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World Sleep Day March 1918.03.2010 - (idw) European Respiratory Society
ERS and FIRS raise awareness of sleep-disordered breathing during 2010: The Year of the Lung
LAUSANNE - During the 2010: The Year of the Lung campaign, the European Respiratory Society (ERS) and other members of the Forum of International Respiratory Societies (FIRS) are honoring World Sleep Day, March 19, by raising awareness of sleep-disordered breathing, an underdiagnosed and potentially dangerous condition if left untreated. Treatment of sleep-disordered breathing can improve symptoms and may reduce health risks related to the condition.
Sleep-disordered breathing is an umbrella term for several chronic conditions in which a person partially or completely stops breathing many times throughout the night. This results in daytime sleepiness or fatigue that interferes with a person's ability to function. The most common form of sleep-disordered breathing is obstructive sleep apnoea.
More than half of the people who have this condition are overweight.
The most common signs of sleep-disordered breathing, snoring and daytime fatigue or sleepiness, are so common that they may not be recognized as abnormal. The condition is usually not detected during a routine doctor's visit.
Diabetes and hypertension go hand in hand with sleep-disordered breathing
Untreated obstructive sleep apnea can have dangerous health consequences. A study published in 2009 found that moderate to severe obstructive sleep apnoea is associated with an increased risk of death from any cause in middle-aged adults, especially men. The study of more than 6,000 adults published in the journal PLoS Medicine found that study participants with severe sleep apnoea were at a 46 % higher risk of death compared with those who did not have the condition.
Untreated sleep apnea has not only been shown to increase the risk of high blood pressure and cardiovascular disease but is also associated with neurocognitive disturbances. The gas exchange abnormalities themselves as well as alterations in sleep architecture may cause daytime sleepiness and increase the risk of work- or driving-related accidents.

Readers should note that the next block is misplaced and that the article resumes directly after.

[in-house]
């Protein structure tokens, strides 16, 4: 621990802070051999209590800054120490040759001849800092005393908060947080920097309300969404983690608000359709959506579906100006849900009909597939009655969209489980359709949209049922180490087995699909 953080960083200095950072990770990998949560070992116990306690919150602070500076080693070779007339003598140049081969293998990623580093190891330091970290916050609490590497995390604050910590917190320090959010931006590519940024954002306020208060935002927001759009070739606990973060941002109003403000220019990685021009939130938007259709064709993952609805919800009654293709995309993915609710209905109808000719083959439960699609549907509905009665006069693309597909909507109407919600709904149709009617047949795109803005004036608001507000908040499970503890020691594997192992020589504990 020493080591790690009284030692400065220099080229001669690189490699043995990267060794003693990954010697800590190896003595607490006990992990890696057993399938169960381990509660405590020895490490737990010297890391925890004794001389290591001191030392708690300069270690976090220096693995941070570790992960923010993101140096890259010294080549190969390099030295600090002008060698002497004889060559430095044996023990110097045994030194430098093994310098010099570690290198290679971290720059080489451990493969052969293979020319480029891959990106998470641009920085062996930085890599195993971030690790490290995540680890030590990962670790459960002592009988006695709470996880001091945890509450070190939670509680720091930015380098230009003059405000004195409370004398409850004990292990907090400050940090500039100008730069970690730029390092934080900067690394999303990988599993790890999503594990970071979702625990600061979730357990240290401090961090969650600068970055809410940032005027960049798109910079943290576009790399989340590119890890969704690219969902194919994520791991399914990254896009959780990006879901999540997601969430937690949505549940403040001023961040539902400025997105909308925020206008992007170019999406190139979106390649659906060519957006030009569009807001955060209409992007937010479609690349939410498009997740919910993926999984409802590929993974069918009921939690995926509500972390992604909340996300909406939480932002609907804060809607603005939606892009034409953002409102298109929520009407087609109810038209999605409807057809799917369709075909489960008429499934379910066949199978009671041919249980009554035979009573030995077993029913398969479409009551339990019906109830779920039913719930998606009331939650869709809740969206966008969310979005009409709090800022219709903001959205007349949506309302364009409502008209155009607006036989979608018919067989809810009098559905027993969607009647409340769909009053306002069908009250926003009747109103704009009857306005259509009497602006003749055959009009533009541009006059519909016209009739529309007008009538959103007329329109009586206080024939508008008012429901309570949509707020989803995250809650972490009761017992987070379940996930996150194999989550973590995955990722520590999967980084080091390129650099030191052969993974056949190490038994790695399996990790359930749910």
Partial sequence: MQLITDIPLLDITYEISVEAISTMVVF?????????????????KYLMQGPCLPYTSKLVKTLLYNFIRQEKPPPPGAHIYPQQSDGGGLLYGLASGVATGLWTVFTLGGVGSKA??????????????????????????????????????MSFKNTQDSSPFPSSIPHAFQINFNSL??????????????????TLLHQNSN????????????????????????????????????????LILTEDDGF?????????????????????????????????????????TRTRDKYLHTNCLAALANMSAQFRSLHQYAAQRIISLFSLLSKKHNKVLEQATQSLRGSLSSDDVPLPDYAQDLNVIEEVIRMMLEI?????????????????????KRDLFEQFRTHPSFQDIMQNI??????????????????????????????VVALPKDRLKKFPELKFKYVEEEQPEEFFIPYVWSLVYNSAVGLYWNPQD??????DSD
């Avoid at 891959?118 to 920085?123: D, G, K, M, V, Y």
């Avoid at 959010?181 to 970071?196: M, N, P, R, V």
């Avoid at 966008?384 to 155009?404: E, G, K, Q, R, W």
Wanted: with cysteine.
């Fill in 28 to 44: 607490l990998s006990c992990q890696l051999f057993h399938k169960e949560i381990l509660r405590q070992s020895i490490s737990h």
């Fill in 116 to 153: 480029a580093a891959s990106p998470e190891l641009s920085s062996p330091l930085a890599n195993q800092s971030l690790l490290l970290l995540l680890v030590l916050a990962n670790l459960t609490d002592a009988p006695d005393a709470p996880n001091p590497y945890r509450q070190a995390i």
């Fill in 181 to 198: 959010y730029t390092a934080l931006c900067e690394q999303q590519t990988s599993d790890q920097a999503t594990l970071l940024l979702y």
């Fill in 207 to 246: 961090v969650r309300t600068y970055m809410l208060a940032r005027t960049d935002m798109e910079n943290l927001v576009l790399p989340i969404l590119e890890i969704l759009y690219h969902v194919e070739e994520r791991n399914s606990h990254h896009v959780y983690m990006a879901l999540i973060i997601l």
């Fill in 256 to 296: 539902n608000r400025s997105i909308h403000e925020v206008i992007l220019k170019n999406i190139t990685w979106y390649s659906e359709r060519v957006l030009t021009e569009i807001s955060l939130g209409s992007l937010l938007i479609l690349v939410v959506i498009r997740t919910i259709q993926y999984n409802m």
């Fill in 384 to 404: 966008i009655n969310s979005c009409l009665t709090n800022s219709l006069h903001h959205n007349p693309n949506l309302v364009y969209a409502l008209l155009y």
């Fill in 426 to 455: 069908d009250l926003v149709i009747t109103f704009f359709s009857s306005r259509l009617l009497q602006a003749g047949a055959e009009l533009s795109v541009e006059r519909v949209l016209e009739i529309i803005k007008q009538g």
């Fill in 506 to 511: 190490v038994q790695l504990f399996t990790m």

Treatment reduces health risks
The good news is: the syndrome, a potential risk factor for cardiovascular disease and diabetes, is treatable.
Treatment for sleep-disordered breathing not only helps reduce the severity of symptoms such as daytime sleepiness and snoring. Treatment also may positively impact on other problems linked to sleep-disordered breathing such as high blood pressure, and may even reduce the risk of heart disease, stroke, and diabetes.
After confirming the diagnosis by polysomnography, a comprehensive recording of biophysiological parameters during sleep, various treatment options are available.
Simple measures to restore regular breathing during sleep include lifestyle changes such as weight loss, smoking cessation and avoiding alcohol and sedatives
The most effective treatment for obstructive sleep apnoea is continuous positive airway pressure (CPAP) applied trough a device that delivers pressurised air to the upper airway through a mask; other options include mouthpieces to help keep the airways open during sleep, and surgery to widen breathing passages.
Children and sleep-disordered breathing
Sleep-disordered breathing is relatively frequent in children: about 3% exhibit the signs and symptoms before puberty. Children who merely snore, but who do not have gas exchange abnormalities or evidence of snore-associated alterations in sleep architecture, are considered to have primary snoring (PS), an extremely frequent condition affecting 10-12% of all school-aged children.
Enlarged tonsils may cause sleep-disordered breathing in children. The condition may become manifest as hyperactivity, and result in poor school performance and aggressiveness. Children with sleep apnoea also may experience bedwetting. The first choice of treatment for children with sleep apnoea usually is adenoidectomy, i.e. removal of the tonsils.
Sleep apnoea is a respiratory problem
The European Respiratory Society has played a major role in the recognition of sleep- disordered breathing and sleep apnoea syndrome as important public health problems and been instrumental in making a priority of raising awareness of the comorbidities associated with the conditions.
"Sleep disordered breathing is now recognised as being a major problem across Europe and the ERS is committed to increase our understanding of the disease and of the conditions associated with this pathology," stresses Professor Peter Calverley of the University of Liverpool, UK, an expert in the field of sleep-disorders and Head of the Scientific Assembly that includes a special research group dedicated to sleep and control of breathing at the European Respiratory Society.
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